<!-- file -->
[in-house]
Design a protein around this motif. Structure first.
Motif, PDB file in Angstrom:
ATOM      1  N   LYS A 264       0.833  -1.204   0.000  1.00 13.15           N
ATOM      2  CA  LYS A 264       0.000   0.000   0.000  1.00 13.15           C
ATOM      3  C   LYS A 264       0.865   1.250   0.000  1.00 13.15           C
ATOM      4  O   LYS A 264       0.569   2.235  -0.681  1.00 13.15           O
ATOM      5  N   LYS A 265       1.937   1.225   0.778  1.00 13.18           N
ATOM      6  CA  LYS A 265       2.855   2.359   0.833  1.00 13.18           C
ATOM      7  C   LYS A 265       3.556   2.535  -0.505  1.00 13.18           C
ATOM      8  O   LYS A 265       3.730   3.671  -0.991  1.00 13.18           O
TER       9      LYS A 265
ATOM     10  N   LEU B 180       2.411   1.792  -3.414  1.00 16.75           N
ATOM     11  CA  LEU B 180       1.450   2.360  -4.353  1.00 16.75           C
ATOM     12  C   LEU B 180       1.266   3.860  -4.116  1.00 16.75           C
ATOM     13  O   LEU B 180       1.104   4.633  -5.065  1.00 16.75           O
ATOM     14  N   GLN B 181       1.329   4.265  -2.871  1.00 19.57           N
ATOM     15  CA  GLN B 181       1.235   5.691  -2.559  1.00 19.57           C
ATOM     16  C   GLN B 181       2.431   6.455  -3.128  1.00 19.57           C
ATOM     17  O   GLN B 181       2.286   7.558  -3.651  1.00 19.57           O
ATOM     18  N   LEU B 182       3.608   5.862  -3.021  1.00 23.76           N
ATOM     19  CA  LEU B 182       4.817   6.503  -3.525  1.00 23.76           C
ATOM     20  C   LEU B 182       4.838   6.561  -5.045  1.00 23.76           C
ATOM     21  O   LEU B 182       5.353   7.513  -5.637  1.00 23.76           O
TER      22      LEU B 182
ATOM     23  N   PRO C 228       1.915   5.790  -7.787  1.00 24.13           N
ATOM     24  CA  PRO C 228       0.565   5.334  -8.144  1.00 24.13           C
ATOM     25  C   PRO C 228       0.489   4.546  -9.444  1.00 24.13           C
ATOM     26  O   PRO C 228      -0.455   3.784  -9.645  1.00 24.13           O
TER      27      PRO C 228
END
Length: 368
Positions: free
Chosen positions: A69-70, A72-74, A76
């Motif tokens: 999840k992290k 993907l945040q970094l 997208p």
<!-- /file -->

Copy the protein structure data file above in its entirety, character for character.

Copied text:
[in-house]
Design a protein around this motif. Structure first.
Motif, PDB file in Angstrom:
ATOM      1  N   LYS A 264       0.833  -1.204   0.000  1.00 13.15           N
ATOM      2  CA  LYS A 264       0.000   0.000   0.000  1.00 13.15           C
ATOM      3  C   LYS A 264       0.865   1.250   0.000  1.00 13.15           C
ATOM      4  O   LYS A 264       0.569   2.235  -0.681  1.00 13.15           O
ATOM      5  N   LYS A 265       1.937   1.225   0.778  1.00 13.18           N
ATOM      6  CA  LYS A 265       2.855   2.359   0.833  1.00 13.18           C
ATOM      7  C   LYS A 265       3.556   2.535  -0.505  1.00 13.18           C
ATOM      8  O   LYS A 265       3.730   3.671  -0.991  1.00 13.18           O
TER       9      LYS A 265
ATOM     10  N   LEU B 180       2.411   1.792  -3.414  1.00 16.75           N
ATOM     11  CA  LEU B 180       1.450   2.360  -4.353  1.00 16.75           C
ATOM     12  C   LEU B 180       1.266   3.860  -4.116  1.00 16.75           C
ATOM     13  O   LEU B 180       1.104   4.633  -5.065  1.00 16.75           O
ATOM     14  N   GLN B 181       1.329   4.265  -2.871  1.00 19.57           N
ATOM     15  CA  GLN B 181       1.235   5.691  -2.559  1.00 19.57           C
ATOM     16  C   GLN B 181       2.431   6.455  -3.128  1.00 19.57           C
ATOM     17  O   GLN B 181       2.286   7.558  -3.651  1.00 19.57           O
ATOM     18  N   LEU B 182       3.608   5.862  -3.021  1.00 23.76           N
ATOM     19  CA  LEU B 182       4.817   6.503  -3.525  1.00 23.76           C
ATOM     20  C   LEU B 182       4.838   6.561  -5.045  1.00 23.76           C
ATOM     21  O   LEU B 182       5.353   7.513  -5.637  1.00 23.76           O
TER      22      LEU B 182
ATOM     23  N   PRO C 228       1.915   5.790  -7.787  1.00 24.13           N
ATOM     24  CA  PRO C 228       0.565   5.334  -8.144  1.00 24.13           C
ATOM     25  C   PRO C 228       0.489   4.546  -9.444  1.00 24.13           C
ATOM     26  O   PRO C 228      -0.455   3.784  -9.645  1.00 24.13           O
TER      27      PRO C 228
END
Length: 368
Positions: free
Chosen positions: A69-70, A72-74, A76
């Motif tokens: 999840k992290k 993907l945040q970094l 997208p």